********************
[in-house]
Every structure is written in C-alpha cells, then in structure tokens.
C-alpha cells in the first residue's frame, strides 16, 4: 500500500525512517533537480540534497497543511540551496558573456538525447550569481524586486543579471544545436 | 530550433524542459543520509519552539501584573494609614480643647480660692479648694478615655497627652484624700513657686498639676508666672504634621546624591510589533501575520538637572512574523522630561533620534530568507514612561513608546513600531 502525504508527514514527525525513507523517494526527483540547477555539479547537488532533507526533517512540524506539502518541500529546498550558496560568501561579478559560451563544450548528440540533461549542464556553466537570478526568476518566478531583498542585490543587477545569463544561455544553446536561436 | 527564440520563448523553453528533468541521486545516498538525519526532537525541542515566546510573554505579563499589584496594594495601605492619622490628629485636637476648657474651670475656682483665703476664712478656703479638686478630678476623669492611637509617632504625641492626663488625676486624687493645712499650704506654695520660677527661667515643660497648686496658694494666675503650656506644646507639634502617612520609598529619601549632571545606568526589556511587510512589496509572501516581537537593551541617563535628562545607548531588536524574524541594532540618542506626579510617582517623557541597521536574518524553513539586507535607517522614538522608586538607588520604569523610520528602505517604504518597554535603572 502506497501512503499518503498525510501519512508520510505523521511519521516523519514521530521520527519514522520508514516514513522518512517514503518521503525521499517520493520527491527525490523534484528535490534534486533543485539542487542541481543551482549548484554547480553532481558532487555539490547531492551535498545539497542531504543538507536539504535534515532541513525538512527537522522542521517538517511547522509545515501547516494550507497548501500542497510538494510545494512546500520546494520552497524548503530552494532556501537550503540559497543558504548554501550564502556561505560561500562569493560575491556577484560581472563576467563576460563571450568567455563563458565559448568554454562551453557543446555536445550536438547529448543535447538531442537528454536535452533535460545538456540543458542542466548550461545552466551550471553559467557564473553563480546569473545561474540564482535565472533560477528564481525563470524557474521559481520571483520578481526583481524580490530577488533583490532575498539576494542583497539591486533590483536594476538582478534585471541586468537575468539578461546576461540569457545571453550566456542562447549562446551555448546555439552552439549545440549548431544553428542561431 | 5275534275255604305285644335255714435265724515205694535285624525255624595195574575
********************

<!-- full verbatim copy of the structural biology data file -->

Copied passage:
[in-house]
Every structure is written in C-alpha cells, then in structure tokens.
C-alpha cells in the first residue's frame, strides 16, 4: 500500500525512517533537480540534497497543511540551496558573456538525447550569481524586486543579471544545436 | 530550433524542459543520509519552539501584573494609614480643647480660692479648694478615655497627652484624700513657686498639676508666672504634621546624591510589533501575520538637572512574523522630561533620534530568507514612561513608546513600531 502525504508527514514527525525513507523517494526527483540547477555539479547537488532533507526533517512540524506539502518541500529546498550558496560568501561579478559560451563544450548528440540533461549542464556553466537570478526568476518566478531583498542585490543587477545569463544561455544553446536561436 | 527564440520563448523553453528533468541521486545516498538525519526532537525541542515566546510573554505579563499589584496594594495601605492619622490628629485636637476648657474651670475656682483665703476664712478656703479638686478630678476623669492611637509617632504625641492626663488625676486624687493645712499650704506654695520660677527661667515643660497648686496658694494666675503650656506644646507639634502617612520609598529619601549632571545606568526589556511587510512589496509572501516581537537593551541617563535628562545607548531588536524574524541594532540618542506626579510617582517623557541597521536574518524553513539586507535607517522614538522608586538607588520604569523610520528602505517604504518597554535603572 502506497501512503499518503498525510501519512508520510505523521511519521516523519514521530521520527519514522520508514516514513522518512517514503518521503525521499517520493520527491527525490523534484528535490534534486533543485539542487542541481543551482549548484554547480553532481558532487555539490547531492551535498545539497542531504543538507536539504535534515532541513525538512527537522522542521517538517511547522509545515501547516494550507497548501500542497510538494510545494512546500520546494520552497524548503530552494532556501537550503540559497543558504548554501550564502556561505560561500562569493560575491556577484560581472563576467563576460563571450568567455563563458565559448568554454562551453557543446555536445550536438547529448543535447538531442537528454536535452533535460545538456540543458542542466548550461545552466551550471553559467557564473553563480546569473545561474540564482535565472533560477528564481525563470524557474521559481520571483520578481526583481524580490530577488533583490532575498539576494542583497539591486533590483536594476538582478534585471541586468537575468539578461546576461540569457545571453550566456542562447549562446551555448546555439552552439549545440549548431544553428542561431 | 5275534275255604305285644335255714435265724515205694535285624525255624595195574575